Philosophy Lexicon of Arguments

 
Lambda Calculus, philosophy: The lambda calculus provides a way to avoid problems related to paradoxes, since, unlike the quantification of predicate logic, it does not make any existence assumptions. Where the quantification (Ex)(Fx) is translated colloquially as "There is an x with the property F" (in short "Something is F"), the translation of the corresponding form in the Lambda calculus is "An x, so that...". See also 2nd order logic.

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Annotation: The above characterizations of concepts are neither definitions nor exhausting presentations of problems related to them. Instead, they are intended to give a short introduction to the contributions below. – Lexicon of Arguments.

 
Author Item Excerpt Meta data

 
Books on Amazon
I 98
Rules/composition/composition rules/syntax/Bigelow/Pargetter: one can also go the other way and want to simplify the rules. That is what the
λ-categorical language/Lambda calculus/Lambda notation/Lambda abstraction/Bigelow/Pargetter does: (see also Cresswell I and II, as well as Montague).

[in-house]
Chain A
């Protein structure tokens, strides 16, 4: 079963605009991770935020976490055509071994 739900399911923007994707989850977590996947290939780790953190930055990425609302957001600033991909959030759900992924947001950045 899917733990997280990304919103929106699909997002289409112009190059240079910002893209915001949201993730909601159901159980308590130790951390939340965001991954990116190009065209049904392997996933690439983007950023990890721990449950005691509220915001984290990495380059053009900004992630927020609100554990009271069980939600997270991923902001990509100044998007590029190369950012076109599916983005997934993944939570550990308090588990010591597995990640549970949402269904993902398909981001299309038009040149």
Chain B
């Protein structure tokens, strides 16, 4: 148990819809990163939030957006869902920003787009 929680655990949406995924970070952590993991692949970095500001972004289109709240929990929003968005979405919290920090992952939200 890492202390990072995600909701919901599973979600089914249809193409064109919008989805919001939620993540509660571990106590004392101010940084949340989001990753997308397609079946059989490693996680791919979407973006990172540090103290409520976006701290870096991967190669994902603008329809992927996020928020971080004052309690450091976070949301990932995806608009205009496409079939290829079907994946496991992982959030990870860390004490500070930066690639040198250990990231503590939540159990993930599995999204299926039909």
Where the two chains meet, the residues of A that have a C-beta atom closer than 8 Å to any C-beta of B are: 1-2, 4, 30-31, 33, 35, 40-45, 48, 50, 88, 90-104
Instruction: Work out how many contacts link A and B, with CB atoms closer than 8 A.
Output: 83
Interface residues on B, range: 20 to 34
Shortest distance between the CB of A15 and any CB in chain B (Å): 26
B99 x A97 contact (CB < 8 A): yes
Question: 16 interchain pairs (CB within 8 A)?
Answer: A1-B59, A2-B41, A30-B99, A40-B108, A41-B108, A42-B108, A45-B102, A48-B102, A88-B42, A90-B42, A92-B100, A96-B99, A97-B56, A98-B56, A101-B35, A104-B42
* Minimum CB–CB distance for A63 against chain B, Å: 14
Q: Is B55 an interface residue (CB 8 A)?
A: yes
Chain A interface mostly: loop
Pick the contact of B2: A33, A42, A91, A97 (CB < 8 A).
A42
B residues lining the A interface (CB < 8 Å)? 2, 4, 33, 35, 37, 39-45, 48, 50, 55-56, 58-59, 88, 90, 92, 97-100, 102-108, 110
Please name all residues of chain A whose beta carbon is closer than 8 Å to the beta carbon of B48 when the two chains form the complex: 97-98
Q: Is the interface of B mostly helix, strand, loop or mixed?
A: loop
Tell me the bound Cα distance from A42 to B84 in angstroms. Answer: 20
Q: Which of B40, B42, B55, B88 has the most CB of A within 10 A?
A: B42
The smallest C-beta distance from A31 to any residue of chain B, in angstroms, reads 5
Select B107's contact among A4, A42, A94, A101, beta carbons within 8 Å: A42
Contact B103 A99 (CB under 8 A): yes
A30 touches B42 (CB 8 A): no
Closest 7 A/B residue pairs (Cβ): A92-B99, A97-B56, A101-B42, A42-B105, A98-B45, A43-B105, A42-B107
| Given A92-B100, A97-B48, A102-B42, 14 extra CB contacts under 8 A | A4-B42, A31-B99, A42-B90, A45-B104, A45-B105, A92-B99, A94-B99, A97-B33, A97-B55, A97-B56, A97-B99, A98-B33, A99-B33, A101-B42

For example: Negation: surprisingly, one can assign a referent to it and keep it thus out of the rules:
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I 99
Vs: we then have another referential layer in the theory.
Example
Negation: we can assign a set theoretical symbol that represents the value "true" or "false".
((s) Truth value/Frege/(s): assigns a referent to the negation, a "thing": "the false".

Bigelow/Pargetter: then we have a judgement function that assigns the semantic value (or referent) V(a) to a symbol a.
1: be "true".
0: be "false".
Definition semantic value: (the negation V(a)) is then the function ω~, so that

ω ~ (1) = 0 ω ~ (0) = 1

is appropriate for compound expressions (internal/external negation, conjunction, etc.)
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I 100
Lambda categorical language/λ/Lambda/Rules/Bigelow/Pargetter: such languages have extremely few composition rules.
We have more referring symbols for this.
Realism: would describe this as ontologically honest.
Semantics/Bigelow/Pargetter: but the realist does not have to commit himself to one semantics instead of another. The semantics does not decide upon ontology.


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Explanation of symbols: Roman numerals indicate the source, arabic numerals indicate the page number. The corresponding books are indicated on the right hand side. ((s)…): Comment by the sender of the contribution.

Big I
J. Bigelow, R. Pargetter
Science and Necessity Cambridge 1990


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Ed. Martin Schulz, access date 2017-09-26